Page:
“There,” he muttered, “that will do for the present, and last until I reach the cottage garden.”
He was proceeding along at a slow and steady pace, bestowing all his care and attention to the manner of holding the picture, when he was suddenly paralysed by the sound of a great shout of such a peculiar character, that he involuntarily stopped, and the next moment, something heavy came against him with great force, just as if a man had jumped from the wall on to him.
This was the truth, for, in another moment, and before he could recover himself, he found that there was an attempt to deprive him of the picture.
This at once aroused him, and he made an instant and a vigorous defence; but he was compelled to let go his hold of the picture, and turn to resist the infuriated attack that was now commenced upon himself.
For some moments it was doubtful who would be the victor; but the wind and strength of the doctor were not enough to resist the powerful adversary against whom he had to contend, and the heavy blows that were showered down upon him.
At first he was enabled to bear up against this attack; and then he returned many of the blows with interest; but the stunning effect of the blows he received himself, was such that he could not help himself, and felt his senses gradually failing, his strength becoming less and less.
In a short time, he received such a blow, that he was laid senseless on the earth in an instant.
How long he remained thus he could not say; but it could not have been long, for all around him seemed just as it was before he was attacked.
The moon had scarcely moved, and the shadows, such as they were, were falling in the same direction as before.
“I have not been long here,” he muttered, after a few moments’ reflection; “but—but—”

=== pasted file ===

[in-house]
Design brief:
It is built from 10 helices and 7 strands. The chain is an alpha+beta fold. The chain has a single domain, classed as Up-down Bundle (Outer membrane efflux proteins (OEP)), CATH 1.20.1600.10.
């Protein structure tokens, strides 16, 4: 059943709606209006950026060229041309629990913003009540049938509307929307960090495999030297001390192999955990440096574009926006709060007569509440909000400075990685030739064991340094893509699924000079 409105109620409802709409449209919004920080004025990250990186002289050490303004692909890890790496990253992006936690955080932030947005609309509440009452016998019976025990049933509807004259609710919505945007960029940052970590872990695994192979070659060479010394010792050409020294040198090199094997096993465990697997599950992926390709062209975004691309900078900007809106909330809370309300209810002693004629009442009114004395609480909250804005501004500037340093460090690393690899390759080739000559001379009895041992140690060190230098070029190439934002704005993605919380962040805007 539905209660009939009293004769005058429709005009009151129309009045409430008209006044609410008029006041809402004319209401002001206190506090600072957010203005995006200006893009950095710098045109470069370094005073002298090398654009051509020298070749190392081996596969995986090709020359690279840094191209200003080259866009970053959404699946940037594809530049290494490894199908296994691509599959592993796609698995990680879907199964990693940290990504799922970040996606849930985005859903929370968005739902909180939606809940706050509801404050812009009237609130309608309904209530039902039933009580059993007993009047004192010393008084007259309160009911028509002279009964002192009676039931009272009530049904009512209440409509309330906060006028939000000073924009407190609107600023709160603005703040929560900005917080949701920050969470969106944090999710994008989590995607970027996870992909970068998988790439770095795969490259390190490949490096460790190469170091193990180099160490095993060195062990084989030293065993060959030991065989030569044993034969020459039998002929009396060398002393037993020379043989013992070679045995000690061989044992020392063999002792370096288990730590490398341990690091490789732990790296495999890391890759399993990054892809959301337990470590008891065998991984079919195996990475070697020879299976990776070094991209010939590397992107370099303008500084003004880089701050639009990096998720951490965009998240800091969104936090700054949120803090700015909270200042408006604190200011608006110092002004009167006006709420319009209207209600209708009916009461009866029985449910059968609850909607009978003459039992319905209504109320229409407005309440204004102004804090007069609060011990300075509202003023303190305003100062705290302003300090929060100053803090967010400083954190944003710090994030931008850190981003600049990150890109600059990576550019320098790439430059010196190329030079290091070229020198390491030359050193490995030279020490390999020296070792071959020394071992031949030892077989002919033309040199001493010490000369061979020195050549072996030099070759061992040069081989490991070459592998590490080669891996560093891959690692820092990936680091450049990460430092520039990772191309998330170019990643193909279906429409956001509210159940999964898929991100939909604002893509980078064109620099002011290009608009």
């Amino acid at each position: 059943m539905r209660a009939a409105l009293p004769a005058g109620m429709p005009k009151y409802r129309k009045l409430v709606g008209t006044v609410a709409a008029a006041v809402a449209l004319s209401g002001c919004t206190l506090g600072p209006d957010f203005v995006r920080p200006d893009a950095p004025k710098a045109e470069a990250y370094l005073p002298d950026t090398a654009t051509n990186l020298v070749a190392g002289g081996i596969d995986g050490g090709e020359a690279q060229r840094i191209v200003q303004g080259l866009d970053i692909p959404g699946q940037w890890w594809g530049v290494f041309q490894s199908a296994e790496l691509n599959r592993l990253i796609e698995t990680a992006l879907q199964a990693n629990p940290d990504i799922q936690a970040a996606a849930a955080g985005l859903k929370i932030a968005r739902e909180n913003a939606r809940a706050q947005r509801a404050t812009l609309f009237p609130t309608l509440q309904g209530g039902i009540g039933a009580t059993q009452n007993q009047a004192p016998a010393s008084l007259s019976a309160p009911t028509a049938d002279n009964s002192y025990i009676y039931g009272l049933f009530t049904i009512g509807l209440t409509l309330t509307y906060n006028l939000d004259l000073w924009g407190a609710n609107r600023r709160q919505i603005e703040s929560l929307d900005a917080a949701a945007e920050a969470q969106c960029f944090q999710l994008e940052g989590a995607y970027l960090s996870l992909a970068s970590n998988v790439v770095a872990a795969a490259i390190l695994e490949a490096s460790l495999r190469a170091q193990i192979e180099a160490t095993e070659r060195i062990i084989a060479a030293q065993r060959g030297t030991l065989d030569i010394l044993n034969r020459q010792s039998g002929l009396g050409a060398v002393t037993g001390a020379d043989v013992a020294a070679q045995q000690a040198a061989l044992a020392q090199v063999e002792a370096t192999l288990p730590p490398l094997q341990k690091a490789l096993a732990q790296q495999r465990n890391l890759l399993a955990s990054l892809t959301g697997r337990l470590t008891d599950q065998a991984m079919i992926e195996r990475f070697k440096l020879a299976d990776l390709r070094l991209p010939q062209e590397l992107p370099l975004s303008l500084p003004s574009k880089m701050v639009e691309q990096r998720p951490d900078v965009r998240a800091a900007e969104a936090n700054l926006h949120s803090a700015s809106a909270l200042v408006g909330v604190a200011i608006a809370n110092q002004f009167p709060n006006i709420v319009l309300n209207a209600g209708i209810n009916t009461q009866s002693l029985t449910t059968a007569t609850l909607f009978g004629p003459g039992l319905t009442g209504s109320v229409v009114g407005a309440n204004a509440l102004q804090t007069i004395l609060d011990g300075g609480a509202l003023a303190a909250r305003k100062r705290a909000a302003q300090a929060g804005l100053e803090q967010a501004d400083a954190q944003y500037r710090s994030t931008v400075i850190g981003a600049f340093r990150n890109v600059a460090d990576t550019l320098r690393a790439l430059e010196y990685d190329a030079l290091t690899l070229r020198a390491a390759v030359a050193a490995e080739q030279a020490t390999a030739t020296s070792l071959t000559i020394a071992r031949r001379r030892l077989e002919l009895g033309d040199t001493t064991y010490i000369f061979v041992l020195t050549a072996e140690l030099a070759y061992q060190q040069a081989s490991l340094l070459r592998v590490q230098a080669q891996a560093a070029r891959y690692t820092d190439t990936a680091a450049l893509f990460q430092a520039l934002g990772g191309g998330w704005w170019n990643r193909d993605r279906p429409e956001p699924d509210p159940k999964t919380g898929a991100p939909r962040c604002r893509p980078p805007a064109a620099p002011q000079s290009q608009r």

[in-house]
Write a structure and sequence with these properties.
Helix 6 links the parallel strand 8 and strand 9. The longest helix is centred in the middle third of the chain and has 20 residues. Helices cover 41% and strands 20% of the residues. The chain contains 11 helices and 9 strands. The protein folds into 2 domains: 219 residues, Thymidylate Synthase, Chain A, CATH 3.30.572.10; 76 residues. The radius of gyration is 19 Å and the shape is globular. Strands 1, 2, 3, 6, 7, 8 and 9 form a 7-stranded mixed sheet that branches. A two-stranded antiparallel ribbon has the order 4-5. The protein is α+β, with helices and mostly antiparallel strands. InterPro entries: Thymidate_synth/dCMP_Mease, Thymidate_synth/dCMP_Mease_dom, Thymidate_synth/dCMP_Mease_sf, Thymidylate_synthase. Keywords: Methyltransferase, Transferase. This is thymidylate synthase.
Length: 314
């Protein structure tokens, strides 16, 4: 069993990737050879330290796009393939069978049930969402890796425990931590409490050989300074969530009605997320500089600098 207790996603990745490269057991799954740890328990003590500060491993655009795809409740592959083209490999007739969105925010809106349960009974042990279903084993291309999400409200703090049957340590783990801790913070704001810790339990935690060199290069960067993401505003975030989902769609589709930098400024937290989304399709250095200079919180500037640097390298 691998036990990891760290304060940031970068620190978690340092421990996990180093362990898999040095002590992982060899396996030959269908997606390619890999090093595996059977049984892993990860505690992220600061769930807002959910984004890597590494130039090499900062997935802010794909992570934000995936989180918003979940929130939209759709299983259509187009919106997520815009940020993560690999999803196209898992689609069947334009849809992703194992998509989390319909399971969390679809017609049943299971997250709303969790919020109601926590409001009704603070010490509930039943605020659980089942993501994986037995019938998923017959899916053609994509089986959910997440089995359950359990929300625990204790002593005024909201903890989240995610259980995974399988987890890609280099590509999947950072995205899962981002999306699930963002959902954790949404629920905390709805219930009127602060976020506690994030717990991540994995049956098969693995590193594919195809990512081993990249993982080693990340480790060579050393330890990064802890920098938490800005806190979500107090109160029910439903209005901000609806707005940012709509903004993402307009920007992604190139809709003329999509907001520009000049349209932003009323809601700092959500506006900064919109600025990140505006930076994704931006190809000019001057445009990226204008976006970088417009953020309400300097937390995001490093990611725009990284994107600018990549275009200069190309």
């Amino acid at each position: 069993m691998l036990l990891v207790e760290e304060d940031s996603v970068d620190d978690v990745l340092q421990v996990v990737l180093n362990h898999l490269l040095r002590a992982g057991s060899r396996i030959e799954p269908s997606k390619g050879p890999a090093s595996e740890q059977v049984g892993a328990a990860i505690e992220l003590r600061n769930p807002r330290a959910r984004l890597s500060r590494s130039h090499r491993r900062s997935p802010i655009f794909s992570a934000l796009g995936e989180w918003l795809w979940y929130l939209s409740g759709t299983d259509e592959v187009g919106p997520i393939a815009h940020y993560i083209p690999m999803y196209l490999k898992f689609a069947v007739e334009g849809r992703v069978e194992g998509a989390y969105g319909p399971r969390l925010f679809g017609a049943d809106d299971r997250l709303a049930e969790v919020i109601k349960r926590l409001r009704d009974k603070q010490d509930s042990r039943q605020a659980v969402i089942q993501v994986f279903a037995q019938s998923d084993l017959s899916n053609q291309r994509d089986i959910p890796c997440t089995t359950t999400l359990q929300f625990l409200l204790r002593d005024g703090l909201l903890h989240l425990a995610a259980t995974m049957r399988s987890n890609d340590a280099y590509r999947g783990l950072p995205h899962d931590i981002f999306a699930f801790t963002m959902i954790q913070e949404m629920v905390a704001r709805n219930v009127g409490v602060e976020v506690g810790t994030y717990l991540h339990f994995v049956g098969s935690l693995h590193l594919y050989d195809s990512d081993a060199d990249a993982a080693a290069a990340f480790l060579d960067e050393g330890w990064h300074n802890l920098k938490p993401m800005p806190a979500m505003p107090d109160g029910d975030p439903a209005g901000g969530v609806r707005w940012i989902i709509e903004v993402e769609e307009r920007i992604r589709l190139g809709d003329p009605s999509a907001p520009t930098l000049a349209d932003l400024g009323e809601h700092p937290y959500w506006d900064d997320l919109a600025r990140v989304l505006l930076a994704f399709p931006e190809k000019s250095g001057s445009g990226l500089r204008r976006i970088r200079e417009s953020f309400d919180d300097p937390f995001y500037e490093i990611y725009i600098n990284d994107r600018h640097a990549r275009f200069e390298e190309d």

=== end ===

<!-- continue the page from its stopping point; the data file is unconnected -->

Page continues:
He stopped short; for, on looking around him, he saw the object of his solicitude was gone. The picture was nowhere to be seen. It had been carried off the instant he had been vanquished.
“Gone!” he said, in a low, disconsolate tone; “and after all I have done!”
He wiped his hand across his brow, and finding it cut, he looked at the back of his hand, and saw by the deep colour that it was blood, indeed, he could now feel it trickle down his face.
What to do he hardly knew; he could stand, and after having got upon his feet, he staggered hack against the wall, against which he leaned for support, and afterwards he crept along with the aid of its support, until he came to the door.
He was observed from the window, where Henry and Charles Holland, seeing him come up with such an unsteady gait, rushed to the door to ascertain what was the matter.
“What, doctor!” exclaimed Henry Bannerworth; “what is the matter?”
“I am almost dead, I think,” said Chillingworth. “Lend me your arm, Henry.”
Henry and Charles Holland immediately stepped out, and took him between them into the parlour, and placed him upon a couch.